- For most species, legal shooting hours are 30 minutes before official sunrise ’til 30 minutes after official sunset. However, these times change during the Spring turkey season.
- Feral hogs can be hunted on private property during any time of the day or night.
- Hunters who are pursuing deer, as well as those in their party, on public lands are required to wear fluorescent orange unless it is the archery-only season.
- Tree stands are permissible to use while hunting.
- A migratory bird permit is needed to hunt species that fall under this category as well as waterfowl.
- Migratory game birds cannot be hunted using motor vehicles.
- Hunters who are not licensed yet are at least 18 years old can participate in statewide alligator hunts.
- Fully-automatic firearms cannot be used for hunting.
- The use of live decoys is prohibited.
- Motor vehicles can be used for hunting certain types of species. However, the motor has to be shut off, and in general, the vehicle cannot be in motion.
- Vehicles cannot be used to influence the movement of game animals.
- Deer cannot be taken whilst they are swimming.
- Hunting dogs must have collars which display their owner’s name and address.
Hunting Seasons in Florida
Florida is known for having a large alligator population, and alligator harvesting season in the State is very popular. As such, it may be wise for parties interested in participating to apply early because Alligator Trapping Licenses are issued on a limited basis. The price of alligator-hunting authorization for residents is relatively expensive, and as of the making of this document, it costs within the range of $1000 for nonresidents. However, as aforementioned, hunters interested in participating in this event are not required to be licensed. The statewide alligator harvest usually occurs sometime within the Fall.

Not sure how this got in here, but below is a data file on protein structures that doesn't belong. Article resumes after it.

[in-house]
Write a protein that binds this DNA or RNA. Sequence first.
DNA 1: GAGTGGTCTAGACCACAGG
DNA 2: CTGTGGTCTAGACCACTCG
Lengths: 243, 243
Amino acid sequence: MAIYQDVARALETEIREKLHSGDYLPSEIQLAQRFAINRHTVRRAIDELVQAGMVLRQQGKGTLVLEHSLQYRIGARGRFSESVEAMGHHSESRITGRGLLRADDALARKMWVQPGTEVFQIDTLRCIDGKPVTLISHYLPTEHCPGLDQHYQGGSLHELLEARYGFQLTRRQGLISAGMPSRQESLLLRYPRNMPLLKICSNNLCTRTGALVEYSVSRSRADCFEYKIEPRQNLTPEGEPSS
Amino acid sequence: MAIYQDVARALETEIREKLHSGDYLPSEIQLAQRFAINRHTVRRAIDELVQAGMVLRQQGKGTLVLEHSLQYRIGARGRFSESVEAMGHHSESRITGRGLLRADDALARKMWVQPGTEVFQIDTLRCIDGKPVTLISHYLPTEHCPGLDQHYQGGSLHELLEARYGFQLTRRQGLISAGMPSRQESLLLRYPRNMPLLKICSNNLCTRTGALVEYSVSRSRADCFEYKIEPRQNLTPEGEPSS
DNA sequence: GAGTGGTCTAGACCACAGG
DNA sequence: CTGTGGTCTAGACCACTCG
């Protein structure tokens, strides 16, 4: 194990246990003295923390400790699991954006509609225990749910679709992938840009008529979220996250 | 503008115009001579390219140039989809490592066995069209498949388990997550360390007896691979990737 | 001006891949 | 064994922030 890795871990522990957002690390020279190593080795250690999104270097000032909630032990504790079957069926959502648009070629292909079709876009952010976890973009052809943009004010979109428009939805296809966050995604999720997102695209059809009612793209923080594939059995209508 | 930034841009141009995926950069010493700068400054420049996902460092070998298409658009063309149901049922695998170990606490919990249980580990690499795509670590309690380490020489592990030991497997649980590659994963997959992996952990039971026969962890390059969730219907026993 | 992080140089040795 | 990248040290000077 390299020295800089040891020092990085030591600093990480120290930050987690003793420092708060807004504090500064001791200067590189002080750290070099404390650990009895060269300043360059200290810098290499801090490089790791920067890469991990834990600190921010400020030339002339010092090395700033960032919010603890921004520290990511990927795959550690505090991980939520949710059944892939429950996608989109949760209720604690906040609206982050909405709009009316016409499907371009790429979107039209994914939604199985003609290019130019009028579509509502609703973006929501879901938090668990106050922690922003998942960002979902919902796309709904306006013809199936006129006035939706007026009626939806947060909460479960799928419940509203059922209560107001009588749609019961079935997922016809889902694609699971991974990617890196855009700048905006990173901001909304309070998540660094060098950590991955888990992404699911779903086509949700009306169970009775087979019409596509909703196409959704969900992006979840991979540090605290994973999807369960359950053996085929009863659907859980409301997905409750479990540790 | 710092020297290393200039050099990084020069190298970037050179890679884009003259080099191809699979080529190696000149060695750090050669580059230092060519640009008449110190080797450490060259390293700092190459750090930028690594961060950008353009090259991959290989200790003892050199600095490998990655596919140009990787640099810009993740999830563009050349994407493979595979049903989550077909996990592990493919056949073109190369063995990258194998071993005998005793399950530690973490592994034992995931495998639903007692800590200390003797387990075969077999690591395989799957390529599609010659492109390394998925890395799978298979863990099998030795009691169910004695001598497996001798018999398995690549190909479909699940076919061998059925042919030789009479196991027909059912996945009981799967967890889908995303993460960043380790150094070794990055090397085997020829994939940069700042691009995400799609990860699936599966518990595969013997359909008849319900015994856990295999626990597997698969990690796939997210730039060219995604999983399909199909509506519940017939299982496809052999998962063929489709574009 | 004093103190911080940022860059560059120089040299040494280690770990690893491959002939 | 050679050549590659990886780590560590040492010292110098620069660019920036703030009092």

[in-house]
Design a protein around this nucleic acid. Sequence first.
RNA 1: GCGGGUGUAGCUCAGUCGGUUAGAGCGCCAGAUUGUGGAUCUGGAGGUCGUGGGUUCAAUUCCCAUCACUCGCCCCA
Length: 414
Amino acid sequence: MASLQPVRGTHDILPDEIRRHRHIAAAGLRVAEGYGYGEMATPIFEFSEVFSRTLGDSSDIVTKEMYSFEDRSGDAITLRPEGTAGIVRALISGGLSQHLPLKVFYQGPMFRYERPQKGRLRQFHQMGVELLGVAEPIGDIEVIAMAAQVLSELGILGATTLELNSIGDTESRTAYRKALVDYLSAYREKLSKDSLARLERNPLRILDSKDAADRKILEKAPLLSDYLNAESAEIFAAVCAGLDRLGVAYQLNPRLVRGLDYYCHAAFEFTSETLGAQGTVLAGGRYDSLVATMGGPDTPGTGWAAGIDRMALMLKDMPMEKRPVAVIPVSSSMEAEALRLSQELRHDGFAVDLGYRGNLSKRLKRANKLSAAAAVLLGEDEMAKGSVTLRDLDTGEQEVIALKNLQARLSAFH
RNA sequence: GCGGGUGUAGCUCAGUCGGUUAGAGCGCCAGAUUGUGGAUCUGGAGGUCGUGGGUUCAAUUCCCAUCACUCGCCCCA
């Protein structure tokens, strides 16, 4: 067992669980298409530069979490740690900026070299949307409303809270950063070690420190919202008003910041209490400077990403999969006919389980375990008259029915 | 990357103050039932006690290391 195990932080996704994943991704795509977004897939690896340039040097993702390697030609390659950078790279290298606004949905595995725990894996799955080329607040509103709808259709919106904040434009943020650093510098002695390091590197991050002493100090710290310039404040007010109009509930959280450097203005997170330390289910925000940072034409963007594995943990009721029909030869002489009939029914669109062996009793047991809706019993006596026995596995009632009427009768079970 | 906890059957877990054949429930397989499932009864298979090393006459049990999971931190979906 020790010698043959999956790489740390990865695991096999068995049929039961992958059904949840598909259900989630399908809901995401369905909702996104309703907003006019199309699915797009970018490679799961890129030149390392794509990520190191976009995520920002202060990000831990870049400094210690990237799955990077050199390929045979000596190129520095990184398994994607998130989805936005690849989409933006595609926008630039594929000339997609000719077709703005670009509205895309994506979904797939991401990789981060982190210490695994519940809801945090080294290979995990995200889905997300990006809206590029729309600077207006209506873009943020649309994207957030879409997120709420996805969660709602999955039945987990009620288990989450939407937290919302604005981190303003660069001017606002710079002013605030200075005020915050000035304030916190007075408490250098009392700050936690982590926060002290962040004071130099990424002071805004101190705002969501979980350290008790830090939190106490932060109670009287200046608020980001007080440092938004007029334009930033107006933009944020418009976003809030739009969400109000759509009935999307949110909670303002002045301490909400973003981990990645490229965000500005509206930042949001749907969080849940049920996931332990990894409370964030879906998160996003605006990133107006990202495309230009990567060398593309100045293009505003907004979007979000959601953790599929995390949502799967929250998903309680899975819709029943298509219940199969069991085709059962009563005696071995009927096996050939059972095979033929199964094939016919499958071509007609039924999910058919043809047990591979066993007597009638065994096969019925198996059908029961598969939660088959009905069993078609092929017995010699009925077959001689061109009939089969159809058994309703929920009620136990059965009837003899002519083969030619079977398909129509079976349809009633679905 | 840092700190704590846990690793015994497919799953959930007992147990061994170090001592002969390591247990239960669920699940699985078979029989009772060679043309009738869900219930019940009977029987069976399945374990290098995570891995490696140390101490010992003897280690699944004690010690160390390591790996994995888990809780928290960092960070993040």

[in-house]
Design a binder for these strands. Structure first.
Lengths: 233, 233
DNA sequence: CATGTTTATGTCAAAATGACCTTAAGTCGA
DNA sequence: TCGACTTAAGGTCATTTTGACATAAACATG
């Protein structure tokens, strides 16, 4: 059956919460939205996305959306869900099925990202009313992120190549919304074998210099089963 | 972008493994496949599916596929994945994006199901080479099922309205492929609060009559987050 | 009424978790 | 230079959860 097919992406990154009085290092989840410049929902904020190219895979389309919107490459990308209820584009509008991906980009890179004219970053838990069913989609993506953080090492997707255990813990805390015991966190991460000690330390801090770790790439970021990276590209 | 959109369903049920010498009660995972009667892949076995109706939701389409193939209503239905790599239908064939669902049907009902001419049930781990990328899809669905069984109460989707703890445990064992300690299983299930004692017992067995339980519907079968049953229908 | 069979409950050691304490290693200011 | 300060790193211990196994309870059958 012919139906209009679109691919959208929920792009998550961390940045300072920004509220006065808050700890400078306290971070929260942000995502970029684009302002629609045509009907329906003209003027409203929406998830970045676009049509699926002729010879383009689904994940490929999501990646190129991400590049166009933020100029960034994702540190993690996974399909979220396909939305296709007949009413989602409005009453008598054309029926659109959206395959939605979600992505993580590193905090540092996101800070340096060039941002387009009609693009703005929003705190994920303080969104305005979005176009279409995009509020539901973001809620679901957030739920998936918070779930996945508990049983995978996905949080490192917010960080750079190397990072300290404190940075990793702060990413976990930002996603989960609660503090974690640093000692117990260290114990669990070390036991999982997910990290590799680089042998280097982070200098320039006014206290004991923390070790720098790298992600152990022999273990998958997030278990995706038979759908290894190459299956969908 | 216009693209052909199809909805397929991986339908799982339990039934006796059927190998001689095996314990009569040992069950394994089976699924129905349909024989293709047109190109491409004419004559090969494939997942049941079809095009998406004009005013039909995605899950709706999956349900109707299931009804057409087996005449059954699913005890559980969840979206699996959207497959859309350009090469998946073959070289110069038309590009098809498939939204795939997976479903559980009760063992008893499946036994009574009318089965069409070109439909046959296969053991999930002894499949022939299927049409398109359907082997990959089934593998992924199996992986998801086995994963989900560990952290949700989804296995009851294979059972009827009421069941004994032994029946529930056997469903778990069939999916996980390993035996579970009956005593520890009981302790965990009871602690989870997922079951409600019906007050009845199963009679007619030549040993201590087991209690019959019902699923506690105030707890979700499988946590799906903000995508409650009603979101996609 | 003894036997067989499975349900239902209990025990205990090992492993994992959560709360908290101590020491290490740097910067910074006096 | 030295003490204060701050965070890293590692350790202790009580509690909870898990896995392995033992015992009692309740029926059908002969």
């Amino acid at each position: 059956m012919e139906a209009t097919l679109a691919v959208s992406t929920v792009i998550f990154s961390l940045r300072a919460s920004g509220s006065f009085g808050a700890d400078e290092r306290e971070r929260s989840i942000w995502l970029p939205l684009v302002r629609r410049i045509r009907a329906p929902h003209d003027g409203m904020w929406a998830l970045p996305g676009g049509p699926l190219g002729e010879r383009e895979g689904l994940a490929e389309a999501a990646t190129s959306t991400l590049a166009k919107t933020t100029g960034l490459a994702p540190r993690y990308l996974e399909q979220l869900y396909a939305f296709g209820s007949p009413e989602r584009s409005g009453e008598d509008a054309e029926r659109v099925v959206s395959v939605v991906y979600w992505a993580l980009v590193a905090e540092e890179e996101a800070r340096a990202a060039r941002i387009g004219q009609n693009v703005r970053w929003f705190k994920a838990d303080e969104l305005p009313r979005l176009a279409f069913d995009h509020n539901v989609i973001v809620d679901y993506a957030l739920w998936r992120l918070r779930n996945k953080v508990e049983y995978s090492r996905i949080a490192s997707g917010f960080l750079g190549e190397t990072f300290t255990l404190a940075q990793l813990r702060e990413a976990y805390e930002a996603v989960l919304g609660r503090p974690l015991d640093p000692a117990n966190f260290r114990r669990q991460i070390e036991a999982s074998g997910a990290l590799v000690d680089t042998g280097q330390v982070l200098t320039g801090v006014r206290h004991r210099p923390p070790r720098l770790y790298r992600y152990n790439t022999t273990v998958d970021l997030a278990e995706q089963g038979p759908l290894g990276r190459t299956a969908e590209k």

Due to being labeled as an invasive species, these reptiles can be hunted during any time on private lands, even by unlicensed hunters. In fact, the FWC recommends that pythons be humanely taken whenever they are spotted.
The seasons for both antlered and antlerless deer begin in mid-Summer. However, antlered deer seasons extend well into the New Year. On the other hand, the seasons for antlerless deer end in the early part of Winter. Turkeys are well-sought after in Florida and have two overall seasons to accommodate hunters. The Fall season starts in the middle of Summer and extends to the very end of the year. The Spring season, which includes the youth turkey weekends, actually starts in late Winter and continues for about one month into the Spring.
The hunting seasons for bobcats, otters and gray squirrels start near the end of the year and extend almost to the conclusion of the first third of the next one. However, beavers, coyotes, nutrias, rabbits, raccoons, skunks and feral hogs can be taken throughout the entire year.
Migratory Game Birds & Waterfowl
The species that fall under this classification in Florida are coots, crows, doves, ducks, geese, mergansers, moorhens, rails, snipes and woodcocks. In general, their seasons occur within the Fall and include the early part of Winter. However, there are some exceptions. For instance, crows can also be hunted during the latter part of Summer. And the seasons for moorhens and rails are exclusively held during the early months of Fall. Moreover, the youth waterfowl hunt is conducted for a couple of days near the beginning of the year.